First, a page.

Posted by Dan at February 22, 2012 10:02 AM

Then you have the 27 year old who becomes (The Heavy Hitter To The Rescue) "disabled" and starts collecting 50K per year:
By 75 he or his survivor (including alleged gay "partners" make $800,00-a year.
By age 87-$1.6 million-a year.
By age 99-$3.2 million-a year.
Plus Blue Cross (no medicare needed) which by then will be around 500K per year.
All for a contribution from the employee of maybe 25K.
Gentleman, the above is progressive mathematics `at work.

Posted by: Tommy Cranston at February 22, 2012 1:33 PM

Don't forget who paid for the Heavy Hitter's law degree at the diploma mill in Bristol - the RI taxpayers. Why RI police officers need free or subsidized law degrees remains a mystery, beyond the automatic pay raises that come with it and the obvious problem of what to do after earl retirement. At least 95% of a legal curriculum has nothing to do with any skills a police officer would need on the job.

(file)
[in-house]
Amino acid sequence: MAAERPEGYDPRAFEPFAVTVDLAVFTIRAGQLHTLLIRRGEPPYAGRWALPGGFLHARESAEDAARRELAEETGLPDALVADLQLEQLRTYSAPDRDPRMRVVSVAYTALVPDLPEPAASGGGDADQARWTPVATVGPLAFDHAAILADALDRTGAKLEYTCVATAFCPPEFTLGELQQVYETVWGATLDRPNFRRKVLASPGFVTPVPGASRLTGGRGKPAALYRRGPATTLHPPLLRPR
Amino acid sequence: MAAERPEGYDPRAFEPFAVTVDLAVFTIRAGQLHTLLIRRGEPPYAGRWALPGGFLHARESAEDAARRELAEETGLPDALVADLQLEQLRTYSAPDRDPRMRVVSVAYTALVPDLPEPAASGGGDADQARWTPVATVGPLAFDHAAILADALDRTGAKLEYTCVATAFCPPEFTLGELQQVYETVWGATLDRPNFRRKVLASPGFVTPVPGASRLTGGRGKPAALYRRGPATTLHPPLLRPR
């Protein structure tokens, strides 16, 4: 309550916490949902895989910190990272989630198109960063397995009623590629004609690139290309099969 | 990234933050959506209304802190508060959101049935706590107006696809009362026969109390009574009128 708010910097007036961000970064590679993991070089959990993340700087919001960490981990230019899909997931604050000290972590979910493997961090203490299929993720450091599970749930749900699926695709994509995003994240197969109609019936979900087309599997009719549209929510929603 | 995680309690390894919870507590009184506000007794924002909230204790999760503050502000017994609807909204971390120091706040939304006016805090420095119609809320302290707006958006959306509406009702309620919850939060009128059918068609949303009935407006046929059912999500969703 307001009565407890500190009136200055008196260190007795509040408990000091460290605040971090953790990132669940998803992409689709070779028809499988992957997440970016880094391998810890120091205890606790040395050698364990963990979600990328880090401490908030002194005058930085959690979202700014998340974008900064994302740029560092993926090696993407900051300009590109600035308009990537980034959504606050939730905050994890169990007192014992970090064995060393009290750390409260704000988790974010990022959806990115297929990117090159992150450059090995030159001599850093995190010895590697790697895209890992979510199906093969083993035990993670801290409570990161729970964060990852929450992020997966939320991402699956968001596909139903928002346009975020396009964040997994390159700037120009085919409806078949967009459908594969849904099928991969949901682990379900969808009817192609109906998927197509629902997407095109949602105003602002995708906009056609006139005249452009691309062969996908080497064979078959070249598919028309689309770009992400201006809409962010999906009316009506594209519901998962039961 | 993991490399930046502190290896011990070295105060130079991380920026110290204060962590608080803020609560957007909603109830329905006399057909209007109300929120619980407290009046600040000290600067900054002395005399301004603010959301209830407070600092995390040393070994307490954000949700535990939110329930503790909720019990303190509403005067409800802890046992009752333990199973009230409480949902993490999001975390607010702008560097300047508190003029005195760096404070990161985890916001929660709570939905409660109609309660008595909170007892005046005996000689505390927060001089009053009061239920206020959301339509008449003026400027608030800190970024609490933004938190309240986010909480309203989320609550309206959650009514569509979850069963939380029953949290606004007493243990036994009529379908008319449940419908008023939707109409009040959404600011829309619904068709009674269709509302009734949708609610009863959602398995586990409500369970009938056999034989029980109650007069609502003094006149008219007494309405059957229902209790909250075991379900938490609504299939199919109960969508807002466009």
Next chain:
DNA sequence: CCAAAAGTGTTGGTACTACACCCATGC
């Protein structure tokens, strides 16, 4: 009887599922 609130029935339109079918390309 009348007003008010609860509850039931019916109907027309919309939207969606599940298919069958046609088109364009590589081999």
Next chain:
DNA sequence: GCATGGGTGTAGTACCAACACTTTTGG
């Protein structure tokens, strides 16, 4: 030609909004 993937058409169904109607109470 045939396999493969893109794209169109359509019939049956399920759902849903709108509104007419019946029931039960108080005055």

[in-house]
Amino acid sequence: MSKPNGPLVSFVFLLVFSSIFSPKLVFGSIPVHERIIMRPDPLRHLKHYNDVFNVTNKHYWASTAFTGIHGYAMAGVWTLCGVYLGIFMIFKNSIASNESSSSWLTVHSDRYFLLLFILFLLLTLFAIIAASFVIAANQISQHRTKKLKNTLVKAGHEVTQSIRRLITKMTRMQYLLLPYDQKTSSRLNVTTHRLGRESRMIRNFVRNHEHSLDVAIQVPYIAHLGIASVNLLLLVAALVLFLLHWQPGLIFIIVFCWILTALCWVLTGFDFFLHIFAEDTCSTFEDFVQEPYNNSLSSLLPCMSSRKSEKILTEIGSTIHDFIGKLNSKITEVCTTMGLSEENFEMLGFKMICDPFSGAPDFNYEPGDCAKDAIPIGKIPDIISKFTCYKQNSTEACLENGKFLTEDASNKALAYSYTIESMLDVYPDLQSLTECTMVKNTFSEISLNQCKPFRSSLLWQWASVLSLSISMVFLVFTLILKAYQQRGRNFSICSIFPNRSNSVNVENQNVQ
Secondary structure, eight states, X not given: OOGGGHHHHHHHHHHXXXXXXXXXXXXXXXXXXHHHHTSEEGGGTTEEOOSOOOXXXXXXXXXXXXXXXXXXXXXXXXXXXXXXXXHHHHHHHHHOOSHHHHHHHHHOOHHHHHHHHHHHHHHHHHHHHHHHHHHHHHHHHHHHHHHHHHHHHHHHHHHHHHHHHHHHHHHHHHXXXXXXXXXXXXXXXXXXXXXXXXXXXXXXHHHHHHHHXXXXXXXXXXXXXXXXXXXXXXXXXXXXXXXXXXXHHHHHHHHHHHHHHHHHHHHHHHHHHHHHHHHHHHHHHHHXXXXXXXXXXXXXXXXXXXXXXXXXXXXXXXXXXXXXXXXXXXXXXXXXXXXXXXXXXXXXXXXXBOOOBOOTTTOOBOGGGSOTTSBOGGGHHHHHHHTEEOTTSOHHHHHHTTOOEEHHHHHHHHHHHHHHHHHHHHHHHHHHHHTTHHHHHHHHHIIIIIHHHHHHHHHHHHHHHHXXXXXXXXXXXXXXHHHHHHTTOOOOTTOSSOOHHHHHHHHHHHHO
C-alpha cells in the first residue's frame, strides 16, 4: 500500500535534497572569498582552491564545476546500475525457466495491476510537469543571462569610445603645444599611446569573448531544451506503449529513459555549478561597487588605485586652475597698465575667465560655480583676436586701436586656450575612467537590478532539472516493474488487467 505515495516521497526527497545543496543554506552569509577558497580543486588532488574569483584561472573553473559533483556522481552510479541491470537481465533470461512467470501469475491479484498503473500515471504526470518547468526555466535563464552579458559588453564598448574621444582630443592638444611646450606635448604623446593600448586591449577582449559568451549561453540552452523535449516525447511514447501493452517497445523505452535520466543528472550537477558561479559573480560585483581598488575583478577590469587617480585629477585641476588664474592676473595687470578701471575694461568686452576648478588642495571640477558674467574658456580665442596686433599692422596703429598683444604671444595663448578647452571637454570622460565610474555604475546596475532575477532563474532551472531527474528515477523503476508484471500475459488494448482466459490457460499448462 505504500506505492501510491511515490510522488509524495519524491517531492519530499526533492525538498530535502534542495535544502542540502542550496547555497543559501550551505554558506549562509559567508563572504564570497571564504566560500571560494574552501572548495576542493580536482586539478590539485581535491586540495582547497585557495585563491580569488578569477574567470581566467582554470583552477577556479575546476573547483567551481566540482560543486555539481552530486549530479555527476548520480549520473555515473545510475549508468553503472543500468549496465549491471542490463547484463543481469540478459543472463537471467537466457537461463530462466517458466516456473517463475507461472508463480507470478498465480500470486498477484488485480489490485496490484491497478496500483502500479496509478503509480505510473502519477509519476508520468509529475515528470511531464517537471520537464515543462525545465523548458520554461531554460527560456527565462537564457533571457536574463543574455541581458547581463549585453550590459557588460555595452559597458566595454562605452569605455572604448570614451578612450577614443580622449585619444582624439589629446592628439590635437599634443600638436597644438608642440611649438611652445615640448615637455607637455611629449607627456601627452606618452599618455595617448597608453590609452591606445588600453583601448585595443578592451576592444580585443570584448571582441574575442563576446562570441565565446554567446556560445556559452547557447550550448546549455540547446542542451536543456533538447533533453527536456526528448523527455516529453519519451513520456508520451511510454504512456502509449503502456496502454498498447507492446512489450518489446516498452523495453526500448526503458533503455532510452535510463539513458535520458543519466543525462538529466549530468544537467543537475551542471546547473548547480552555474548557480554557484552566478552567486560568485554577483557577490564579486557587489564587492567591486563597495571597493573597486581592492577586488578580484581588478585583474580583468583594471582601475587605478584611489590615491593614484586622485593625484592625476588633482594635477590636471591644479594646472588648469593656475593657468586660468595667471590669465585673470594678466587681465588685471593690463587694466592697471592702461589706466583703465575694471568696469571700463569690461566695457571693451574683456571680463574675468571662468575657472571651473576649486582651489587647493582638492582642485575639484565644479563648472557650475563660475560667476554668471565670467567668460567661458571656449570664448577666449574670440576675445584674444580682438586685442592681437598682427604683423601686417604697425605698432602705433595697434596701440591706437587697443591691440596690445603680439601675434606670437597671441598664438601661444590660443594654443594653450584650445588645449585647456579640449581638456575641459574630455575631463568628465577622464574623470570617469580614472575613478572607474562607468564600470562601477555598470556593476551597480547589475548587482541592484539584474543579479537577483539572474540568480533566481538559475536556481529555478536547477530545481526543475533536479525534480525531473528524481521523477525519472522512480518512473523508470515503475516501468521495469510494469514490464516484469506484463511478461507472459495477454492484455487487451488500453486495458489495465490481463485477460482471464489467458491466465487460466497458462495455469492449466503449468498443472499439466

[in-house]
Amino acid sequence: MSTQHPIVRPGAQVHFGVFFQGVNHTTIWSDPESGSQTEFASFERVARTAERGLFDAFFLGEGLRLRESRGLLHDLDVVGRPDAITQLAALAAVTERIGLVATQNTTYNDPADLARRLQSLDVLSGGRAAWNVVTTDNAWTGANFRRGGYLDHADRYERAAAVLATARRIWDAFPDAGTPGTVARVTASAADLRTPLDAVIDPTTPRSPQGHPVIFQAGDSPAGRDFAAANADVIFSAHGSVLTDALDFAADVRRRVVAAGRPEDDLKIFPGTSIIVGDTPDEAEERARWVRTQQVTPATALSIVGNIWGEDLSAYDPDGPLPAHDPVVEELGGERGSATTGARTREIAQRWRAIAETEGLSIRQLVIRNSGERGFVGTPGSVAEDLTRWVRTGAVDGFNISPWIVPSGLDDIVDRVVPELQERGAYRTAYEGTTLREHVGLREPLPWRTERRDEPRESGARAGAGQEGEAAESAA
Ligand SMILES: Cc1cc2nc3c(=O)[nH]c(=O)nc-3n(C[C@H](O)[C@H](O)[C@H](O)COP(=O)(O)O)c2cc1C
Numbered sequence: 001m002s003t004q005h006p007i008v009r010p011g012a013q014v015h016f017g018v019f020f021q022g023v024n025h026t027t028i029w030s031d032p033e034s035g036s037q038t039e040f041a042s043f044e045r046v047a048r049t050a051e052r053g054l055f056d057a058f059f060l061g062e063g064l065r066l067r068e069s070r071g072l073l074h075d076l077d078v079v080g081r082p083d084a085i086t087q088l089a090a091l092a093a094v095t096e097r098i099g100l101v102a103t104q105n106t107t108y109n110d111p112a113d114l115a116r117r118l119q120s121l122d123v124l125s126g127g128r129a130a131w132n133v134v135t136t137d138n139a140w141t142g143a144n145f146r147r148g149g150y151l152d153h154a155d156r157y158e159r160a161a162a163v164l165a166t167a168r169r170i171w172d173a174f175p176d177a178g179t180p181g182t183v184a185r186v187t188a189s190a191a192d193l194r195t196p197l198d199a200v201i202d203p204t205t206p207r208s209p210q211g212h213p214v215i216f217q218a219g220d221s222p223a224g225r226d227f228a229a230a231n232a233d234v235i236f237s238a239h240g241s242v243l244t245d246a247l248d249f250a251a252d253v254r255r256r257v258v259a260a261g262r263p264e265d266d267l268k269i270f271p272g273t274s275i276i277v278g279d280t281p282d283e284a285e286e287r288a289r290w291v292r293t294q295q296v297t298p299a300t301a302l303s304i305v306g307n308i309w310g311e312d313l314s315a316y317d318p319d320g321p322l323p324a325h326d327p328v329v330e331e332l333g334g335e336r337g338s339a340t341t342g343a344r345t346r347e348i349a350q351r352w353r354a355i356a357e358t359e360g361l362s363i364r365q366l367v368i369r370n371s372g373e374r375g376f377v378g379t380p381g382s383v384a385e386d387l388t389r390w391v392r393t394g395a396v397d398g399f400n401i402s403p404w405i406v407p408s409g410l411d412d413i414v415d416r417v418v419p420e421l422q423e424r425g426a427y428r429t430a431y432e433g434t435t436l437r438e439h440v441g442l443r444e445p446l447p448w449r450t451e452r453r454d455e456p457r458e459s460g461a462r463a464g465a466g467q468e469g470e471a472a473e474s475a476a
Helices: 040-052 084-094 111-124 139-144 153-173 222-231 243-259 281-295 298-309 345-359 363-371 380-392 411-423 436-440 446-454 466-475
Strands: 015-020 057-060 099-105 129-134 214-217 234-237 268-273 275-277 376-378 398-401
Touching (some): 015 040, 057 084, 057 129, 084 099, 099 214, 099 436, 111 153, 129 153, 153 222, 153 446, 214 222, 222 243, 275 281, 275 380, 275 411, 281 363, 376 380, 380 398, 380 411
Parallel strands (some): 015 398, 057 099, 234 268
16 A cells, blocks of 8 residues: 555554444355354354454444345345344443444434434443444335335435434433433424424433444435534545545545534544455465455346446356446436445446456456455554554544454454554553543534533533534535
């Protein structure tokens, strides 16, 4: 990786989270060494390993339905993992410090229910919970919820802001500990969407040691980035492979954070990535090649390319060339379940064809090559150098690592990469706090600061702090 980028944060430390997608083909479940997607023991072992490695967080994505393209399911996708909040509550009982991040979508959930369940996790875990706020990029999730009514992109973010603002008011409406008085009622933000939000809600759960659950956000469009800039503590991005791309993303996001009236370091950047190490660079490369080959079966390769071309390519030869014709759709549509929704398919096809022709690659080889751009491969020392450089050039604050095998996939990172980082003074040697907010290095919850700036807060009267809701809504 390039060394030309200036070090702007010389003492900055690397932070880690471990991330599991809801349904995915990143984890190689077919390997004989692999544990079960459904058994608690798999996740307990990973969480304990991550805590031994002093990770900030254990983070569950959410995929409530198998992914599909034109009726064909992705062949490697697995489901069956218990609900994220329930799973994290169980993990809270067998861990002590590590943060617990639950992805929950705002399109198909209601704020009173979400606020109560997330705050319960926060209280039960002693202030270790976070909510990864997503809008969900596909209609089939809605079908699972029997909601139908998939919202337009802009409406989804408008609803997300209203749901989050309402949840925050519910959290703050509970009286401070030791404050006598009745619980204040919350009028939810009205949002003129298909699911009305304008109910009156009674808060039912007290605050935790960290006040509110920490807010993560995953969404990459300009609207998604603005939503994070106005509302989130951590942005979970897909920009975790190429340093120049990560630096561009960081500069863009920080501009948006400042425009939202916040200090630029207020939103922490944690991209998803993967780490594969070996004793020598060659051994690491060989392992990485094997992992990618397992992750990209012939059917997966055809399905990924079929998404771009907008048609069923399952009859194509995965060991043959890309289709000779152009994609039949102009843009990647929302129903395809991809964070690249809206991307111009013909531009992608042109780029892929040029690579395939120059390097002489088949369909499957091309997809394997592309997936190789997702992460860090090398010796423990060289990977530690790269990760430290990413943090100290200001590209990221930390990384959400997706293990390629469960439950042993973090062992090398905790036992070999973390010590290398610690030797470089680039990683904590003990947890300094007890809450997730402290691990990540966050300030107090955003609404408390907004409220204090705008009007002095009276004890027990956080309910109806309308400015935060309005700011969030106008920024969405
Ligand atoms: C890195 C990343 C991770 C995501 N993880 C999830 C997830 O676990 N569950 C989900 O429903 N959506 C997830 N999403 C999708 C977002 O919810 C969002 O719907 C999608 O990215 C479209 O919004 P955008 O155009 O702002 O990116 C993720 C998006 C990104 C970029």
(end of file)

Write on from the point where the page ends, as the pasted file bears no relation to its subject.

Posted by: Dan at February 22, 2012 2:12 PM

Just and FYI, law degrees are no longer included in the state's incentive program. The incentive program as it is called, is designed to raise the education of police officers and has been around for over thirty years yet we're still hiring with high school diplomas as minimum required education. Only one department I know of requires a bachelor degree at hiring. Someone should do those numbers to see the cost to city and towns.

Posted by: Max D at February 22, 2012 6:24 PM

Thanks for the info, Max. I do like to be accurate, and these internal programs are kept fairly opaque to members of the public. I can support continuing education and career training, but training somebody for a completely separate career at taxpayer expense makes no sense to me.

Posted by: Dan at February 22, 2012 7:14 PM